Robotic 3D printing is trending and for good reason, robotic solutions have opened new avenues of automation in numerous manufacturing industries. Manufacturers and industrials who have understood this potential are currently exploring an exciting paradigm where they could harness the benefits of additive manufacturing in a diverse range of applications.

AM company Desktop Metal will now enable companies to reach a new level of automation in manufacturing by launching a new robotic sand 3D printing machine. Named ExOne S-Max® Flex, the large-format binder jetting system has been designed for foundries which want to quickly cast complex metal designs for various industries in mind. It joins the premium S-Max® and S-Max® Pro solutions that are used in foundries across the world. 

This release follows the launch of the company’s new line of binder jet 3D printing systems.

It also gives another reason why the acquisition of ExOne by Desktop Metal is a powerhouse marriage for binder jetting. Indeed, the new machine combines ExOne’s sand printing expertise in process and materials with proprietary Desktop Metal SPJ technology. The combination of these capabilities also enables to deliver an affordable product for foundries that have often found sand 3D printing out of reach. 

To achieve our vision of Additive Manufacturing 2.0, we need to make production 3D printing practical in terms of speed, cost, and material availability for a broad range of applications,” said Ric Fulop, Co-Founder and CEO of Desktop Metal. “We designed the all-new S-Max Flex from the ground up leveraging SPJ technology with the idea of making premium sand 3D printing accessible to every foundry, so that more companies can take advantage of the benefits of AM 2.0, such as distributed, local production, and remain competitive for the long term.”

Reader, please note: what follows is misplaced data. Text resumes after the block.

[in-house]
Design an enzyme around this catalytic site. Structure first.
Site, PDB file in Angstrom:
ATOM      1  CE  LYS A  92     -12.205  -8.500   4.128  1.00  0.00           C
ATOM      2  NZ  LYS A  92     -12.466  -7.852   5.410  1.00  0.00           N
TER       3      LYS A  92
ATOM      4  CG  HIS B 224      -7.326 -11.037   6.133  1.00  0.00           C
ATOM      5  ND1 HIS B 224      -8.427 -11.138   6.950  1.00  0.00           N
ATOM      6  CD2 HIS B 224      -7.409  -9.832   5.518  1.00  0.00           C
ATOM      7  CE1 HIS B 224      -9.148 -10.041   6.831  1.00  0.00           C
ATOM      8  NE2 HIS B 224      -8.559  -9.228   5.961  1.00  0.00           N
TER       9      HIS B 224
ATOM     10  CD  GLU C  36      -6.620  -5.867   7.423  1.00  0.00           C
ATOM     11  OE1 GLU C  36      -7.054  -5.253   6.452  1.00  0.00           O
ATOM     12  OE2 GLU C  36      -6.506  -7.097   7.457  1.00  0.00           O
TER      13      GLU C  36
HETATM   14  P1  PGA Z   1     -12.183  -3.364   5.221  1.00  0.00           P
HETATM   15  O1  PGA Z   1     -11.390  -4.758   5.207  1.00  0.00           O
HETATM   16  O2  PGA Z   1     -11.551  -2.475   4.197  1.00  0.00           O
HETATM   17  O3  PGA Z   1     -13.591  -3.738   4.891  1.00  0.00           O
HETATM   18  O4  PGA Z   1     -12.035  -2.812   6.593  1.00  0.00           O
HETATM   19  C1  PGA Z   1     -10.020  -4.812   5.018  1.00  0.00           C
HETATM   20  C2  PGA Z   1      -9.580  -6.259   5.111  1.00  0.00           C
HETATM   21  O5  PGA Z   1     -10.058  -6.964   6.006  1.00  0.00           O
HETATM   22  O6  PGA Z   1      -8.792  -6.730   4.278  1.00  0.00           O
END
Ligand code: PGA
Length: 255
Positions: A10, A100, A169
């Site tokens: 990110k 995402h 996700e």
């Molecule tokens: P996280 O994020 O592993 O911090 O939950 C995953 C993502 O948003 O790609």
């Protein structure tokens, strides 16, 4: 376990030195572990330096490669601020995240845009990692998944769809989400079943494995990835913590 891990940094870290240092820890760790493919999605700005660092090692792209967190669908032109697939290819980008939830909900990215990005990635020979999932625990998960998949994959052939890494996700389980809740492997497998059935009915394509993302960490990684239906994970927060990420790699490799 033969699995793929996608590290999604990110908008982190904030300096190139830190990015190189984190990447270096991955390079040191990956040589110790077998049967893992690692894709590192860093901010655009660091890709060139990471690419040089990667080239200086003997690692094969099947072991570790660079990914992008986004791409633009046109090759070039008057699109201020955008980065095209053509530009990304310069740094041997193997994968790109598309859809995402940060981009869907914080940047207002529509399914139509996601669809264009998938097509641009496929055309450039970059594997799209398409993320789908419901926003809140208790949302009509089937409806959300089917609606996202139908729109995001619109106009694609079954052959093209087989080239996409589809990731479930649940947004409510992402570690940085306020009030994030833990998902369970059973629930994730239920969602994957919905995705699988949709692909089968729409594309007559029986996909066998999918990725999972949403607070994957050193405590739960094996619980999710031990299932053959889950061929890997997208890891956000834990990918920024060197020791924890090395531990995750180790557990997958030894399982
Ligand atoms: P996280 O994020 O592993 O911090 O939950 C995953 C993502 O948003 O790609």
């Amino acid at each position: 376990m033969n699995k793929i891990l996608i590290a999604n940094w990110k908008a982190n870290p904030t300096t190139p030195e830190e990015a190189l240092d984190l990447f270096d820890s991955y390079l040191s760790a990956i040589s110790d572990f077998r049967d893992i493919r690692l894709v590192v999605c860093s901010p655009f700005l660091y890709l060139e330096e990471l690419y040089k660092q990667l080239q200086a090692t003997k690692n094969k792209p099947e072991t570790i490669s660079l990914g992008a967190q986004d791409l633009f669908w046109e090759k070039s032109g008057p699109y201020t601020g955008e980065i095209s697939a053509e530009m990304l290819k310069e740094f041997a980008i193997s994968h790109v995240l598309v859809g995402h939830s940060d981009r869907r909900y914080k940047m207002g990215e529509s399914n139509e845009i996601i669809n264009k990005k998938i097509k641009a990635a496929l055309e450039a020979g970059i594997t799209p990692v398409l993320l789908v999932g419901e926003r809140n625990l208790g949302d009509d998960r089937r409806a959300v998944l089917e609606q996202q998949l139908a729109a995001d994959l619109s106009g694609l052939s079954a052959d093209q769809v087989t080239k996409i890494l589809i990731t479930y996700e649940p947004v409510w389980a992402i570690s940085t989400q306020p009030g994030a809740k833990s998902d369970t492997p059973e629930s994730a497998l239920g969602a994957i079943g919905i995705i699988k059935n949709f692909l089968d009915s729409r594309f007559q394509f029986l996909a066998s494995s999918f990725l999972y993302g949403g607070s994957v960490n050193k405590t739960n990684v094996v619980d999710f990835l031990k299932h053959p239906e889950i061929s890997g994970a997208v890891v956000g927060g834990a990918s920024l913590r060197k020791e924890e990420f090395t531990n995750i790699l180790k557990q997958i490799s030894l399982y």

From a technical standpoint, it should be noted that the proprietary SPJ technology delivers a build rate up to 115 l/h. The integrated industrial robot works with an all-new end effector printhead design that deposits binder into a 1900 x 1000 x 1000 mm (74 x 39 x 39 in) telescoping build box that grows as the parts are built layer by layer. Additional build box sizes are available up to 4700 x 1000 x 1000 mm (185 x 39 x 39 in), with taller versions available up to 1000 x 2500 x 2400 mm (39 x 98 x 94 in).

The all-new S-Max Flex prints standard silica sand with furan binders and delivers final parts with dimensional accuracy of +/- 0.5 mm. The system comes with several accessories and safety features that are configurable to fit a variety of spaces, a press communication reads.

While the focus is made on foundries, the manufacturer reminds that industries beyond metalcasting are also set to take advantage of the S-Max Flex’s large form factor and ability to binder jet a variety of powders.

 Infiltrated sand tooling for plastic thermoforming, composite layup, and sacrificial tooling applications are printed today on S-Max machines, along with infiltrated sand consumer products, such as those offered by Sandhelden and Deeptime. Desktop Metal’s Forust brand, which upcycles byproducts of the wood waste stream into consumer designs, will also leverage the new system to print large form factor wood parts at scale cost-effectively. Additional projects are underway printing reclaimed concrete and other materials, Desktop Metal announces. 

Read more about Desktop Metal in an exclusive interview: How & Why Does Desktop Metal Build a Portfolio of “AM 2.0” Print Platforms?

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